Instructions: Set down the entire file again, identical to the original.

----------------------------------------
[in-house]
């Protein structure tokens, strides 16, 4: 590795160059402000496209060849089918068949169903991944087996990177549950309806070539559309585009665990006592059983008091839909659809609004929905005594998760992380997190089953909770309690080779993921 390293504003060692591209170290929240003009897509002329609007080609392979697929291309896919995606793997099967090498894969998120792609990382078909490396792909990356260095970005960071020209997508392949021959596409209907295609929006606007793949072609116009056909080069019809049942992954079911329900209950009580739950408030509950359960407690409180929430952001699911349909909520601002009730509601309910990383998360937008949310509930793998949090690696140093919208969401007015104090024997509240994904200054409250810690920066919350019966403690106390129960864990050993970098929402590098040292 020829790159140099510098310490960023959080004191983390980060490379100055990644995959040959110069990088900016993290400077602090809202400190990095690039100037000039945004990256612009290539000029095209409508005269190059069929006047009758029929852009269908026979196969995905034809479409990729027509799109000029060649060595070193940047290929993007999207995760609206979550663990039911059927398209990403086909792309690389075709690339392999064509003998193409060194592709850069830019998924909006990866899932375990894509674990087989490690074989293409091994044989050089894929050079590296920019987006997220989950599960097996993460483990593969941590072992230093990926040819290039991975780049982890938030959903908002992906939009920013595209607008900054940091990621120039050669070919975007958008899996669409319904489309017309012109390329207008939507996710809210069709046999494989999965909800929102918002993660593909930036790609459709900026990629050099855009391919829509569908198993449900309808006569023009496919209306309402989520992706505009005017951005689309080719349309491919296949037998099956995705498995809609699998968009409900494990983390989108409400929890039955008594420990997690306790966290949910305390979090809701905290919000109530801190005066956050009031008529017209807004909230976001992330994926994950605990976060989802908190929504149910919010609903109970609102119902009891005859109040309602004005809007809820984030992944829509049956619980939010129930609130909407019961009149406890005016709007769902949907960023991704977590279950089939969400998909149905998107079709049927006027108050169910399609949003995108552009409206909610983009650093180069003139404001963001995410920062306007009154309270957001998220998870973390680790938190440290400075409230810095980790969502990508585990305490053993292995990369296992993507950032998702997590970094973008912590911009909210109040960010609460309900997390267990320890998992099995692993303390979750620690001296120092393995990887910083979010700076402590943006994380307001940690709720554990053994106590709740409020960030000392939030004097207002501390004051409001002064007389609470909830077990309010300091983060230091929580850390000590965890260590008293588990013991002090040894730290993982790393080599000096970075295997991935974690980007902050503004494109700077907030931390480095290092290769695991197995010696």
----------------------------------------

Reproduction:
[in-house]
């Protein structure tokens, strides 16, 4: 590795160059402000496209060849089918068949169903991944087996990177549950309806070539559309585009665990006592059983008091839909659809609004929905005594998760992380997190089953909770309690080779993921 390293504003060692591209170290929240003009897509002329609007080609392979697929291309896919995606793997099967090498894969998120792609990382078909490396792909990356260095970005960071020209997508392949021959596409209907295609929006606007793949072609116009056909080069019809049942992954079911329900209950009580739950408030509950359960407690409180929430952001699911349909909520601002009730509601309910990383998360937008949310509930793998949090690696140093919208969401007015104090024997509240994904200054409250810690920066919350019966403690106390129960864990050993970098929402590098040292 020829790159140099510098310490960023959080004191983390980060490379100055990644995959040959110069990088900016993290400077602090809202400190990095690039100037000039945004990256612009290539000029095209409508005269190059069929006047009758029929852009269908026979196969995905034809479409990729027509799109000029060649060595070193940047290929993007999207995760609206979550663990039911059927398209990403086909792309690389075709690339392999064509003998193409060194592709850069830019998924909006990866899932375990894509674990087989490690074989293409091994044989050089894929050079590296920019987006997220989950599960097996993460483990593969941590072992230093990926040819290039991975780049982890938030959903908002992906939009920013595209607008900054940091990621120039050669070919975007958008899996669409319904489309017309012109390329207008939507996710809210069709046999494989999965909800929102918002993660593909930036790609459709900026990629050099855009391919829509569908198993449900309808006569023009496919209306309402989520992706505009005017951005689309080719349309491919296949037998099956995705498995809609699998968009409900494990983390989108409400929890039955008594420990997690306790966290949910305390979090809701905290919000109530801190005066956050009031008529017209807004909230976001992330994926994950605990976060989802908190929504149910919010609903109970609102119902009891005859109040309602004005809007809820984030992944829509049956619980939010129930609130909407019961009149406890005016709007769902949907960023991704977590279950089939969400998909149905998107079709049927006027108050169910399609949003995108552009409206909610983009650093180069003139404001963001995410920062306007009154309270957001998220998870973390680790938190440290400075409230810095980790969502990508585990305490053993292995990369296992993507950032998702997590970094973008912590911009909210109040960010609460309900997390267990320890998992099995692993303390979750620690001296120092393995990887910083979010700076402590943006994380307001940690709720554990053994106590709740409020960030000392939030004097207002501390004051409001002064007389609470909830077990309010300091983060230091929580850390000590965890260590008293588990013991002090040894730290993982790393080599000096970075295997991935974690980007902050503004494109700077907030931390480095290092290769695991197995010696």